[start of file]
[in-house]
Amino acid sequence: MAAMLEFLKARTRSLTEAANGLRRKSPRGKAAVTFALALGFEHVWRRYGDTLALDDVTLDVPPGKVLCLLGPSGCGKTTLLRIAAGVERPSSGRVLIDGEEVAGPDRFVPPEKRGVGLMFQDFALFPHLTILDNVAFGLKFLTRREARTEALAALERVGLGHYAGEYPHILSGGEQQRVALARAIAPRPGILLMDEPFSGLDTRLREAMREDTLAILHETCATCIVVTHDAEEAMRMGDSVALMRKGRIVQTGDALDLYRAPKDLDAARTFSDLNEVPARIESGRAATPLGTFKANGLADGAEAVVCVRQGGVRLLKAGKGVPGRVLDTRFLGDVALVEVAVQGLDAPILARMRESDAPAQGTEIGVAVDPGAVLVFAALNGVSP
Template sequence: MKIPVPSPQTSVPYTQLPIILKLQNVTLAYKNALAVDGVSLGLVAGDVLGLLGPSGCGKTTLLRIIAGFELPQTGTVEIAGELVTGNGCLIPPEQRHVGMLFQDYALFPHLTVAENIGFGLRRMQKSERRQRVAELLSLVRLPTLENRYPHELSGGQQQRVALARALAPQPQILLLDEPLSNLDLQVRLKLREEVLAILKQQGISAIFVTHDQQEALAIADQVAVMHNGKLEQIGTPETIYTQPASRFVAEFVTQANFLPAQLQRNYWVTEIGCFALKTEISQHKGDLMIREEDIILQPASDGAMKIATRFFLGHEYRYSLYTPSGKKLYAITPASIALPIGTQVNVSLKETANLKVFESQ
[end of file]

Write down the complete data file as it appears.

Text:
[in-house]
Amino acid sequence: MAAMLEFLKARTRSLTEAANGLRRKSPRGKAAVTFALALGFEHVWRRYGDTLALDDVTLDVPPGKVLCLLGPSGCGKTTLLRIAAGVERPSSGRVLIDGEEVAGPDRFVPPEKRGVGLMFQDFALFPHLTILDNVAFGLKFLTRREARTEALAALERVGLGHYAGEYPHILSGGEQQRVALARAIAPRPGILLMDEPFSGLDTRLREAMREDTLAILHETCATCIVVTHDAEEAMRMGDSVALMRKGRIVQTGDALDLYRAPKDLDAARTFSDLNEVPARIESGRAATPLGTFKANGLADGAEAVVCVRQGGVRLLKAGKGVPGRVLDTRFLGDVALVEVAVQGLDAPILARMRESDAPAQGTEIGVAVDPGAVLVFAALNGVSP
Template sequence: MKIPVPSPQTSVPYTQLPIILKLQNVTLAYKNALAVDGVSLGLVAGDVLGLLGPSGCGKTTLLRIIAGFELPQTGTVEIAGELVTGNGCLIPPEQRHVGMLFQDYALFPHLTVAENIGFGLRRMQKSERRQRVAELLSLVRLPTLENRYPHELSGGQQQRVALARALAPQPQILLLDEPLSNLDLQVRLKLREEVLAILKQQGISAIFVTHDQQEALAIADQVAVMHNGKLEQIGTPETIYTQPASRFVAEFVTQANFLPAQLQRNYWVTEIGCFALKTEISQHKGDLMIREEDIILQPASDGAMKIATRFFLGHEYRYSLYTPSGKKLYAITPASIALPIGTQVNVSLKETANLKVFESQ